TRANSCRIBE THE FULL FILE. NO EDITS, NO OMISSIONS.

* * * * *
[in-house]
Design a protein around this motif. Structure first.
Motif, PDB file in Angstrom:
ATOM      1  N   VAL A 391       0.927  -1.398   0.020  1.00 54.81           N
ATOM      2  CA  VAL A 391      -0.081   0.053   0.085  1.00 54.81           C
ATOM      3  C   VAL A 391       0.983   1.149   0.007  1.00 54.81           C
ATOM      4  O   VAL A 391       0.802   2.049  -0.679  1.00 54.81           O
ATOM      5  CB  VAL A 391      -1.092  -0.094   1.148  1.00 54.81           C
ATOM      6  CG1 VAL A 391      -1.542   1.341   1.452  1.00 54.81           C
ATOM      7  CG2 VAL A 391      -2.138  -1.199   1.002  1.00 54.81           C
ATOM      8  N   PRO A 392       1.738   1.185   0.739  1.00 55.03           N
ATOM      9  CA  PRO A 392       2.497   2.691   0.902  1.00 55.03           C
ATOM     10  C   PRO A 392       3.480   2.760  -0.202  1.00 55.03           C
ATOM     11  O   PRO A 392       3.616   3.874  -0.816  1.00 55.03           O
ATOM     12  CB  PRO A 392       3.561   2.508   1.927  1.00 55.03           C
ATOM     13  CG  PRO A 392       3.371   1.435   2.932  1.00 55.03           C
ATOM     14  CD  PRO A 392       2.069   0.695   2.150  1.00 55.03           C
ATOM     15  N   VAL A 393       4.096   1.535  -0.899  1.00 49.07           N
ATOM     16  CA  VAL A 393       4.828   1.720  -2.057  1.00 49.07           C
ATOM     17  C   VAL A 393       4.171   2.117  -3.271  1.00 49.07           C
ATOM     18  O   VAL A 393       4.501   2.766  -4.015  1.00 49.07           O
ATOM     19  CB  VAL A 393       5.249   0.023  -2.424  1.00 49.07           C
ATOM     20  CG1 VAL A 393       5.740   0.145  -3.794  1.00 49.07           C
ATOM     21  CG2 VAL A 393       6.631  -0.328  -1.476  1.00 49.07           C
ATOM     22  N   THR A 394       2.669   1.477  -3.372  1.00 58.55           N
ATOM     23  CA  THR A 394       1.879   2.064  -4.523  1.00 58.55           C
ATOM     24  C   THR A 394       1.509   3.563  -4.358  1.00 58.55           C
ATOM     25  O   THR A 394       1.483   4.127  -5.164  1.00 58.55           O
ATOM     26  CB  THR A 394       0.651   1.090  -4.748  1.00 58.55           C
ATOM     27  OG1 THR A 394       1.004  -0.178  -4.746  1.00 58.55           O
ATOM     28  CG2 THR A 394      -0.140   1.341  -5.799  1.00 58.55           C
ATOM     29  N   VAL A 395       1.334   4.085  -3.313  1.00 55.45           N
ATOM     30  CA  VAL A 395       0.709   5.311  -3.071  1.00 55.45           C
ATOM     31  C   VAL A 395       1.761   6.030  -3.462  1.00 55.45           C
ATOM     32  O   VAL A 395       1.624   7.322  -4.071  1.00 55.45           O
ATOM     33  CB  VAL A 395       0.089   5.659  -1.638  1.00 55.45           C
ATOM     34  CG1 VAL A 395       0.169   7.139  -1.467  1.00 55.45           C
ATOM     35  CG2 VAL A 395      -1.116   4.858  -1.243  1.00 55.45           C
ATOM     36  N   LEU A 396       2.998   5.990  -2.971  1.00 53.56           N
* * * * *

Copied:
[in-house]
Design a protein around this motif. Structure first.
Motif, PDB file in Angstrom:
ATOM      1  N   VAL A 391       0.927  -1.398   0.020  1.00 54.81           N
ATOM      2  CA  VAL A 391      -0.081   0.053   0.085  1.00 54.81           C
ATOM      3  C   VAL A 391       0.983   1.149   0.007  1.00 54.81           C
ATOM      4  O   VAL A 391       0.802   2.049  -0.679  1.00 54.81           O
ATOM      5  CB  VAL A 391      -1.092  -0.094   1.148  1.00 54.81           C
ATOM      6  CG1 VAL A 391      -1.542   1.341   1.452  1.00 54.81           C
ATOM      7  CG2 VAL A 391      -2.138  -1.199   1.002  1.00 54.81           C
ATOM      8  N   PRO A 392       1.738   1.185   0.739  1.00 55.03           N
ATOM      9  CA  PRO A 392       2.497   2.691   0.902  1.00 55.03           C
ATOM     10  C   PRO A 392       3.480   2.760  -0.202  1.00 55.03           C
ATOM     11  O   PRO A 392       3.616   3.874  -0.816  1.00 55.03           O
ATOM     12  CB  PRO A 392       3.561   2.508   1.927  1.00 55.03           C
ATOM     13  CG  PRO A 392       3.371   1.435   2.932  1.00 55.03           C
ATOM     14  CD  PRO A 392       2.069   0.695   2.150  1.00 55.03           C
ATOM     15  N   VAL A 393       4.096   1.535  -0.899  1.00 49.07           N
ATOM     16  CA  VAL A 393       4.828   1.720  -2.057  1.00 49.07           C
ATOM     17  C   VAL A 393       4.171   2.117  -3.271  1.00 49.07           C
ATOM     18  O   VAL A 393       4.501   2.766  -4.015  1.00 49.07           O
ATOM     19  CB  VAL A 393       5.249   0.023  -2.424  1.00 49.07           C
ATOM     20  CG1 VAL A 393       5.740   0.145  -3.794  1.00 49.07           C
ATOM     21  CG2 VAL A 393       6.631  -0.328  -1.476  1.00 49.07           C
ATOM     22  N   THR A 394       2.669   1.477  -3.372  1.00 58.55           N
ATOM     23  CA  THR A 394       1.879   2.064  -4.523  1.00 58.55           C
ATOM     24  C   THR A 394       1.509   3.563  -4.358  1.00 58.55           C
ATOM     25  O   THR A 394       1.483   4.127  -5.164  1.00 58.55           O
ATOM     26  CB  THR A 394       0.651   1.090  -4.748  1.00 58.55           C
ATOM     27  OG1 THR A 394       1.004  -0.178  -4.746  1.00 58.55           O
ATOM     28  CG2 THR A 394      -0.140   1.341  -5.799  1.00 58.55           C
ATOM     29  N   VAL A 395       1.334   4.085  -3.313  1.00 55.45           N
ATOM     30  CA  VAL A 395       0.709   5.311  -3.071  1.00 55.45           C
ATOM     31  C   VAL A 395       1.761   6.030  -3.462  1.00 55.45           C
ATOM     32  O   VAL A 395       1.624   7.322  -4.071  1.00 55.45           O
ATOM     33  CB  VAL A 395       0.089   5.659  -1.638  1.00 55.45           C
ATOM     34  CG1 VAL A 395       0.169   7.139  -1.467  1.00 55.45           C
ATOM     35  CG2 VAL A 395      -1.116   4.858  -1.243  1.00 55.45           C
ATOM     36  N   LEU A 396       2.998   5.990  -2.971  1.00 53.56           N